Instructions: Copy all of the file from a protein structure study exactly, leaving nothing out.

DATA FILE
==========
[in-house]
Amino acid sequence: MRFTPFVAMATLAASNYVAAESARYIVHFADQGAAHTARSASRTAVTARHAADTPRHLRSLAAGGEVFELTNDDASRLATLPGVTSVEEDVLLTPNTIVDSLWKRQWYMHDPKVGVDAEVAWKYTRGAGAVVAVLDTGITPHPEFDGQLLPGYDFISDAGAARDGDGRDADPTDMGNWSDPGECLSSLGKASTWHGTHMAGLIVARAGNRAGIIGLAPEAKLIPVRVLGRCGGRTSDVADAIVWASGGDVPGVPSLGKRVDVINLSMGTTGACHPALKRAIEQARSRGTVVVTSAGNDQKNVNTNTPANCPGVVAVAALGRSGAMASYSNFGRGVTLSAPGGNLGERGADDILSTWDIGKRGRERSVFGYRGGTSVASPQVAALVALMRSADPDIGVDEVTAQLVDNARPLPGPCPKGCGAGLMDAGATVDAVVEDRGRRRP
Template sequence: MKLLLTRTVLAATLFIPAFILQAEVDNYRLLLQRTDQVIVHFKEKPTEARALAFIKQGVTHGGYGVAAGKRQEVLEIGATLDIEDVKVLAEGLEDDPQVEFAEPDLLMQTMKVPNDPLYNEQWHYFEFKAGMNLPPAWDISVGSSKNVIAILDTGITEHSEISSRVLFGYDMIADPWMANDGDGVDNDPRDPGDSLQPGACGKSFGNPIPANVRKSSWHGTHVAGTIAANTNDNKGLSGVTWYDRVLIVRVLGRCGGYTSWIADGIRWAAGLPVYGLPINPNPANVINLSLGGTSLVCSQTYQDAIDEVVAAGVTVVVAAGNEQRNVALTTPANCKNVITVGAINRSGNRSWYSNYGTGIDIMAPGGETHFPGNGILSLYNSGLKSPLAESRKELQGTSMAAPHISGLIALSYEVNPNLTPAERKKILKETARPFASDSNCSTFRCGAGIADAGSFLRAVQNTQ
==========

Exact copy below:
[in-house]
Amino acid sequence: MRFTPFVAMATLAASNYVAAESARYIVHFADQGAAHTARSASRTAVTARHAADTPRHLRSLAAGGEVFELTNDDASRLATLPGVTSVEEDVLLTPNTIVDSLWKRQWYMHDPKVGVDAEVAWKYTRGAGAVVAVLDTGITPHPEFDGQLLPGYDFISDAGAARDGDGRDADPTDMGNWSDPGECLSSLGKASTWHGTHMAGLIVARAGNRAGIIGLAPEAKLIPVRVLGRCGGRTSDVADAIVWASGGDVPGVPSLGKRVDVINLSMGTTGACHPALKRAIEQARSRGTVVVTSAGNDQKNVNTNTPANCPGVVAVAALGRSGAMASYSNFGRGVTLSAPGGNLGERGADDILSTWDIGKRGRERSVFGYRGGTSVASPQVAALVALMRSADPDIGVDEVTAQLVDNARPLPGPCPKGCGAGLMDAGATVDAVVEDRGRRRP
Template sequence: MKLLLTRTVLAATLFIPAFILQAEVDNYRLLLQRTDQVIVHFKEKPTEARALAFIKQGVTHGGYGVAAGKRQEVLEIGATLDIEDVKVLAEGLEDDPQVEFAEPDLLMQTMKVPNDPLYNEQWHYFEFKAGMNLPPAWDISVGSSKNVIAILDTGITEHSEISSRVLFGYDMIADPWMANDGDGVDNDPRDPGDSLQPGACGKSFGNPIPANVRKSSWHGTHVAGTIAANTNDNKGLSGVTWYDRVLIVRVLGRCGGYTSWIADGIRWAAGLPVYGLPINPNPANVINLSLGGTSLVCSQTYQDAIDEVVAAGVTVVVAAGNEQRNVALTTPANCKNVITVGAINRSGNRSWYSNYGTGIDIMAPGGETHFPGNGILSLYNSGLKSPLAESRKELQGTSMAAPHISGLIALSYEVNPNLTPAERKKILKETARPFASDSNCSTFRCGAGIADAGSFLRAVQNTQ